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give eye contact, their apparent lack of desire to share activities with others and their appearance of extreme isolation. People with ASD may appear to have great difficulty in processing sensory information – their sensory organs are usually normal, but the information is not able to be processed normally by the brain. Due to the impact of these three areas of deficit already described, ASD also involves a severe deficit in adaptation to the environment, resulting in extreme difficulties in interpreting and processing new information. Thus these people find it less stressful and more comfortable to maintain a constant, predictable and unchanging environment. The first step in the diagnostic process is to see your local doctor for initial assessment and possible referral to a consultant paediatrician, child psychiatrist or paediatric neurologist. Assessments can take the form of either a brief screening assessment or a more detailed comprehensive assessment which involves in-depth assessment of particular aspects of development and interactions. If your child is diagnosed with ASD, you can apply for the child to become a client of Autism Queensland, which provides full access to Autism Queensland’s full range of services. Autism Queensland has been providing targeted early intervention programs for ASD for over 25 years. Autism Queensland now provides a range of services to support young children with ASD and their families. These services include therapy and education input, advisory support, information, training and family support. For more information see THE INFORMATION CONTAINED IN THIS ARTICLE IS NOT INTENDED NOR IMPLIED TO BE A SUBSTITUTE FOR INDIVIDUAL PROFESSIONAL MEDICAL ADVICE FROM YOUR PHYSICIAN OR QUALIFIED HEALTH CARE PROVIDER.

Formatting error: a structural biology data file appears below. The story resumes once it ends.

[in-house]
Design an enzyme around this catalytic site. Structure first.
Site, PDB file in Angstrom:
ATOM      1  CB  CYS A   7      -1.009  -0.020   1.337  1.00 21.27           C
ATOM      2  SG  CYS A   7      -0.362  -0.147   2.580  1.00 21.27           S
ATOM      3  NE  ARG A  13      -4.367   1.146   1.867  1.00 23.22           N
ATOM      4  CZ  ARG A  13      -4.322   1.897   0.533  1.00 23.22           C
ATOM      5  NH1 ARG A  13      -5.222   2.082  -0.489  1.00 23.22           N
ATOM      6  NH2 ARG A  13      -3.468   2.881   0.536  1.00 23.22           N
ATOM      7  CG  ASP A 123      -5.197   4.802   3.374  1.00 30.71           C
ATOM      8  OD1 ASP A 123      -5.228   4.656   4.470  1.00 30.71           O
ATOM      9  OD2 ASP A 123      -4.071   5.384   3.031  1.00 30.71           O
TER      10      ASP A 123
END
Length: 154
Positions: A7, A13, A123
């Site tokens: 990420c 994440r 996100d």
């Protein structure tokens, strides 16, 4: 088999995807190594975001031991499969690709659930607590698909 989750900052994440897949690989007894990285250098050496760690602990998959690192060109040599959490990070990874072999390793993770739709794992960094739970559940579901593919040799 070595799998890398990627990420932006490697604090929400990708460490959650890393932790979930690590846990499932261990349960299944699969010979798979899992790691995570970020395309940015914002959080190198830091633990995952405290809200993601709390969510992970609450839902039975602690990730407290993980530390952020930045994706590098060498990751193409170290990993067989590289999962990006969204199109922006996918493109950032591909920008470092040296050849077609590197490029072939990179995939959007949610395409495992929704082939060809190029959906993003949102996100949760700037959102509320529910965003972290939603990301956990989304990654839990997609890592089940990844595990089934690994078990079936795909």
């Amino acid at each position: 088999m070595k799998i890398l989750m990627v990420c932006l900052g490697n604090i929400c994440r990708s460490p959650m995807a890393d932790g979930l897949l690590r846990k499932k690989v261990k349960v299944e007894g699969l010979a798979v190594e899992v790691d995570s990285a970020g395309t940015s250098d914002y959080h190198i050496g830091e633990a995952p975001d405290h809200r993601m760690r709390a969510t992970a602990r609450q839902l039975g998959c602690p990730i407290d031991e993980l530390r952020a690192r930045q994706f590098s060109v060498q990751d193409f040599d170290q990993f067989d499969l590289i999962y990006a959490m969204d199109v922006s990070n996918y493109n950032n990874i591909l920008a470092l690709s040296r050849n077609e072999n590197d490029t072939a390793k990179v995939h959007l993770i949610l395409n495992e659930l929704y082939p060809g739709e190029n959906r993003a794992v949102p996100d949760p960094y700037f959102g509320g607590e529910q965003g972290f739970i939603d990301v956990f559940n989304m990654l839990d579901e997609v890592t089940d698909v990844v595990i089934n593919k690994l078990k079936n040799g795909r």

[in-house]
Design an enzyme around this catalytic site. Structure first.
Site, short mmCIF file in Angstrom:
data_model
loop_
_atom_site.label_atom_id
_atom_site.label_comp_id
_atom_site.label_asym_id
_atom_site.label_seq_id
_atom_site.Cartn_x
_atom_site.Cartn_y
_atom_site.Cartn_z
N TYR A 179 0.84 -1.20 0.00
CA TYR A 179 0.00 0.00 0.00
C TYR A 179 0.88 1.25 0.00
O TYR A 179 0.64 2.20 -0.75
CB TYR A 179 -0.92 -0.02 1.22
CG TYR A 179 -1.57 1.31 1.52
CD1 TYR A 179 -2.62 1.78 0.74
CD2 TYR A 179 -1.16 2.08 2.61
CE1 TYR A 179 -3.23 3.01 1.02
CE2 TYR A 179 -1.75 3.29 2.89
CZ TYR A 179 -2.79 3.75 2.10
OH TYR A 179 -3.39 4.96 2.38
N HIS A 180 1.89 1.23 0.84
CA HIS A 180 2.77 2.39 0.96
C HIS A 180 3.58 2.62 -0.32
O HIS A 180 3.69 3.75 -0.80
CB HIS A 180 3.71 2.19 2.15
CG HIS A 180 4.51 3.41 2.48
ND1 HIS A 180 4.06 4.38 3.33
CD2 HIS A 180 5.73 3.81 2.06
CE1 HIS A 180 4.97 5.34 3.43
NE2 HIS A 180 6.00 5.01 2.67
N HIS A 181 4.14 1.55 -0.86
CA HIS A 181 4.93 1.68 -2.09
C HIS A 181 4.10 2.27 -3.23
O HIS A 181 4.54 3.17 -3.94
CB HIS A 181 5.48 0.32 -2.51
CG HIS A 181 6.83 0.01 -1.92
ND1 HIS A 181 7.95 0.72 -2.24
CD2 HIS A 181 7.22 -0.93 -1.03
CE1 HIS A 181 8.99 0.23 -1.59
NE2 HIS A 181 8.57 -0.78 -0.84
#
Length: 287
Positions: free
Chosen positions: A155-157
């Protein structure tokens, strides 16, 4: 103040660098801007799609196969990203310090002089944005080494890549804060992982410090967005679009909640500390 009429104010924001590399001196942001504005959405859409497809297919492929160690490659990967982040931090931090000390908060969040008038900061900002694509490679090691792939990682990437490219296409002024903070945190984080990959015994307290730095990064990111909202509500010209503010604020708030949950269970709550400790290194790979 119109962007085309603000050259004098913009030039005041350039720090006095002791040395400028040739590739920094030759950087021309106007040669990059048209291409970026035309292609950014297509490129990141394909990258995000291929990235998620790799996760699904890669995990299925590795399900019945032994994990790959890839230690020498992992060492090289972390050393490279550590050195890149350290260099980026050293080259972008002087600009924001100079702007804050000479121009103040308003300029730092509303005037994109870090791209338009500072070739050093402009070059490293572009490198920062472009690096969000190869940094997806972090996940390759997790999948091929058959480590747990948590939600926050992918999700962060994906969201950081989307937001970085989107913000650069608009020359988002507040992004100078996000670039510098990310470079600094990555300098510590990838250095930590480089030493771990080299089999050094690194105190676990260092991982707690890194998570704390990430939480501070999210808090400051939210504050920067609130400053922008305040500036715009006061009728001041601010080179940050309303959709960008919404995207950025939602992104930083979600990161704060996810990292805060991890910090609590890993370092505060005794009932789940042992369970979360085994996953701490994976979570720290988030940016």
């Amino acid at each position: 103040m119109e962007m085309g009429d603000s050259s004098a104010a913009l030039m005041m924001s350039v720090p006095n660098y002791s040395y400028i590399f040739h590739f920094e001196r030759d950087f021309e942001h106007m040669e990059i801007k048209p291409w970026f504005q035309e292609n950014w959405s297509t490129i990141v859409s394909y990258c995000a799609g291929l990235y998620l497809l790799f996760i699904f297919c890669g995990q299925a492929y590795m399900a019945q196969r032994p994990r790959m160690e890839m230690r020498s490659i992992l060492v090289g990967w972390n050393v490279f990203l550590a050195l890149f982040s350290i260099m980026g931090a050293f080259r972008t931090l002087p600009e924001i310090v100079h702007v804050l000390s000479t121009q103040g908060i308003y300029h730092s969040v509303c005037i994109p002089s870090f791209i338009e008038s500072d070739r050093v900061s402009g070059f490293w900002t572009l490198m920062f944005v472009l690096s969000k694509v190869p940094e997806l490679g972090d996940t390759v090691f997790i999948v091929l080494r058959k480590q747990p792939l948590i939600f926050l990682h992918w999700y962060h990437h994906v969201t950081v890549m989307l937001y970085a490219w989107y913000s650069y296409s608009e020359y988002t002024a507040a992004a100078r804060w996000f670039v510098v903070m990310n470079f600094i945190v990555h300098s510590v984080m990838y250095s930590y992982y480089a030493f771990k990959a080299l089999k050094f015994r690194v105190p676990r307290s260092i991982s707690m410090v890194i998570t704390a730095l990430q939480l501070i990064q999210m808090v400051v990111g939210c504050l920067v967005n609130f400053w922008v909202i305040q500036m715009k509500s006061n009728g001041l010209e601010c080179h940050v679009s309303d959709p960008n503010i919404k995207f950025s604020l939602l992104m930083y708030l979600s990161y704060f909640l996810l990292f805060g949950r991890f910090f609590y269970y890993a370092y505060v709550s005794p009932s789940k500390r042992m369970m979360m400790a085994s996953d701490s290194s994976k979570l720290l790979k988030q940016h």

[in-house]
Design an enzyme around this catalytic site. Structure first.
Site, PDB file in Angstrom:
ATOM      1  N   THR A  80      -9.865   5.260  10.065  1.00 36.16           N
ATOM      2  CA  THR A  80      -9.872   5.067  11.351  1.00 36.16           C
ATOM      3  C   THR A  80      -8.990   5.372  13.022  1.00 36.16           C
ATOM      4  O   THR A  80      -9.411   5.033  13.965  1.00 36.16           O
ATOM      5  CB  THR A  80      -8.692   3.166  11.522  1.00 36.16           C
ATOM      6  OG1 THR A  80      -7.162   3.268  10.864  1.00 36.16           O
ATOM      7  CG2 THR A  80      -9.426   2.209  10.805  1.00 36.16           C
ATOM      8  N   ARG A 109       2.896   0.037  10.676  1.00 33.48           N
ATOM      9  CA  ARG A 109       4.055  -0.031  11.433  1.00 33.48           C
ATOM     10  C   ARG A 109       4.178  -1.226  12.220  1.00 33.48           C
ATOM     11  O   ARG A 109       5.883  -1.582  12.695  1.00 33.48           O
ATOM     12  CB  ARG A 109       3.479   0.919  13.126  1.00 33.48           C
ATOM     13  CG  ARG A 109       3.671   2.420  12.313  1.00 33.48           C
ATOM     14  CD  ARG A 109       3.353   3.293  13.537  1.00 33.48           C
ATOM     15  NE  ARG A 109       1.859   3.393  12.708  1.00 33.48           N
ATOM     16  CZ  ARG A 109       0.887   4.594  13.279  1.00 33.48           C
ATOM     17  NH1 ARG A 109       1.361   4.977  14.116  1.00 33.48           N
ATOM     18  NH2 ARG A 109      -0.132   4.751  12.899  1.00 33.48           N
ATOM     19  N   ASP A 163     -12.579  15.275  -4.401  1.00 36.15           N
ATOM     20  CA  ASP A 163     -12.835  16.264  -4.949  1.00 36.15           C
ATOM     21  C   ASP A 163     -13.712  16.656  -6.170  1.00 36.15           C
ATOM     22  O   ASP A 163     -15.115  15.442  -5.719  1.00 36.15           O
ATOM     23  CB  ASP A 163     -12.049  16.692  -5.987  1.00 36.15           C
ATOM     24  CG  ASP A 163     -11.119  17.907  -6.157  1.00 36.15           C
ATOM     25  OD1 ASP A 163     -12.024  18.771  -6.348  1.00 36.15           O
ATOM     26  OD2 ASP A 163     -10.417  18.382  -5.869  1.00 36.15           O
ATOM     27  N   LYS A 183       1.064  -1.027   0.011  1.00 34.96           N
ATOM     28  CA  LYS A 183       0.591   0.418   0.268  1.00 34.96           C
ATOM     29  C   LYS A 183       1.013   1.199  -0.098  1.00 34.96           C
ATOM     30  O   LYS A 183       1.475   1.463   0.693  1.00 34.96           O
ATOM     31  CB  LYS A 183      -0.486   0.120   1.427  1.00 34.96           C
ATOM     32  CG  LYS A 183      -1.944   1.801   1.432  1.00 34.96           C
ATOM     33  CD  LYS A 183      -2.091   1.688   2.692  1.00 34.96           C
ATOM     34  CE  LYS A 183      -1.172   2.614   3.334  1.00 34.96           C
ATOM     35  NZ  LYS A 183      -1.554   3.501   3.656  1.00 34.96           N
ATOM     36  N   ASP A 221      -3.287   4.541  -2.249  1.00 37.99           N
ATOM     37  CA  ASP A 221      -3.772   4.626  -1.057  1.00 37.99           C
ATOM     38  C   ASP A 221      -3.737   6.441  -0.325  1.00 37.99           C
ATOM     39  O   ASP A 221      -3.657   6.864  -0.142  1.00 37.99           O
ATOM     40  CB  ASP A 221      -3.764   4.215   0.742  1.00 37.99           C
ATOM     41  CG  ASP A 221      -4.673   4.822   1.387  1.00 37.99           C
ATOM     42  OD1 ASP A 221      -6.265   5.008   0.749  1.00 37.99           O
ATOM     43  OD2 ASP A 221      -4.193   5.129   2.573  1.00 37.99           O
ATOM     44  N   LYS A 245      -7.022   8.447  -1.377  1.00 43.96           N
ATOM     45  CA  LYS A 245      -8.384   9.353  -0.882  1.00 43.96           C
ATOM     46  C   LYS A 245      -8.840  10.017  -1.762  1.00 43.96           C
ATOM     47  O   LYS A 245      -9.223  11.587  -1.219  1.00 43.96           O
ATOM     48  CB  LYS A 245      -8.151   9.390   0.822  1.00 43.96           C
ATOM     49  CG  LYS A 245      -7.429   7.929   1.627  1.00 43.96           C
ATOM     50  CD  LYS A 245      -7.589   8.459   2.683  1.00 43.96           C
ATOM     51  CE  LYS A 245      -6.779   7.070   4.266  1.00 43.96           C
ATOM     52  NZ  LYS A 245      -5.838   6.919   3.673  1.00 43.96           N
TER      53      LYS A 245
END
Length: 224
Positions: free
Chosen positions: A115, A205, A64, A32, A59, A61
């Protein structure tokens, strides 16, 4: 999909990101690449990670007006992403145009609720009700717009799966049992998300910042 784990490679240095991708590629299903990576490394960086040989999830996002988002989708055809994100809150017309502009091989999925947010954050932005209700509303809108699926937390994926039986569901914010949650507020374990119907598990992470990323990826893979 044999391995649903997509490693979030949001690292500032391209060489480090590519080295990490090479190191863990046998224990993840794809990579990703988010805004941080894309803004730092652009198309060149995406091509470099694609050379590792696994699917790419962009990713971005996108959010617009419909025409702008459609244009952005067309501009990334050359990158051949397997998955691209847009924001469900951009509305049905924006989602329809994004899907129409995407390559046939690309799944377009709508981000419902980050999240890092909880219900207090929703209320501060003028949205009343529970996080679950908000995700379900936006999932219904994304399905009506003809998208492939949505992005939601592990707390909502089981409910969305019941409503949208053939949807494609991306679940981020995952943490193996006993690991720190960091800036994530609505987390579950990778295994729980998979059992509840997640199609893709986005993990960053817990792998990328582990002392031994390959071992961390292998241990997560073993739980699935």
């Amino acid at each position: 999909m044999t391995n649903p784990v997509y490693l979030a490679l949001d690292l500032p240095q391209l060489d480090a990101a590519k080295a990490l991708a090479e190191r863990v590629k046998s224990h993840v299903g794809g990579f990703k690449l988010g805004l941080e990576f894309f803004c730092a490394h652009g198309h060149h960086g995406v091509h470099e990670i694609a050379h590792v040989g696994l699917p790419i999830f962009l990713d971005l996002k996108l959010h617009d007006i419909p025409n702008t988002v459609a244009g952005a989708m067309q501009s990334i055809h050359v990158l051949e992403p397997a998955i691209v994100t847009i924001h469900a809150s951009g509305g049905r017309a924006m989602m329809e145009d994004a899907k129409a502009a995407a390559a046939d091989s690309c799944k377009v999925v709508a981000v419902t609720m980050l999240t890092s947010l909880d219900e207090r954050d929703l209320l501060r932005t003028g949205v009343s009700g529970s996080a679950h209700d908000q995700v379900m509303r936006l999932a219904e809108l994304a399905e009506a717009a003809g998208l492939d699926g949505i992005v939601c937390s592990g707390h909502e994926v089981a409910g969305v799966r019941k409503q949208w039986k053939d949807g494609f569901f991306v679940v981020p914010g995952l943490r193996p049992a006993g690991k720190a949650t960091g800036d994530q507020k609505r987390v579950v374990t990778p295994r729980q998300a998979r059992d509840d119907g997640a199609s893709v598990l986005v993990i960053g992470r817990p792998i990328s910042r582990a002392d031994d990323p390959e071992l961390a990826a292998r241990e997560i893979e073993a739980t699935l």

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JULY / AUGUST 2009 – KiDs on tHe CoAst




by Brooke Tunbridge

Staying positive through tough times Everyday, whether you realise it or not, you are being bombarded with negativity. From the moment you read the paper or switch on Kochie and Mel in the morning, ‘til the moment you go to bed. You may seem unaffected by it, but those images soak into your mind. Negativity is contagious and can have disastrous effects on our health and happiness. A bit like a virus, negativity spreads quickly from person to person and can affect a whole family, classroom, school, country or even the world. We all experience moments of negativity, we get up late one morning, can’t find our shoes or miss the bus and end up late for school with a negative attitude. Encountering someone who is negative can be easier to deal with. Adding a humorous comment such as “Well at least you’re having a good hair day!” can have a positive effect on your happiness and theirs. Trying to change a negative person’s outlook can be exhausting. Deciding that you are not going to let anyone’s negative mood effect you emotionally is a good strategy. Accentuating or focusing on being positive is a great way to diffuse negativity. Positivity is contagious. I don’t know about you but I would certainly prefer to pass on a positive bug than a negative one! Have you ever heard the saying that it takes 17 muscles to smile and 43 to frown? Smiling and thinking in a

Further reading: I am gr8ful for life by Kim Serafini and Mel Boulton. Full of warm fuzzy feelings, this book carries a powerful message: take time to be thankful. Allowing pictures to do the talking, it is an album of the human experience and each page focuses on a different reason to be thankful and positive. By the time you reach the back cover negativity is long gone, making this pocket size inspiration a meaningful gift to give to loved ones. Books are available at leading Sunshine Coast retailers for $19.95 or online at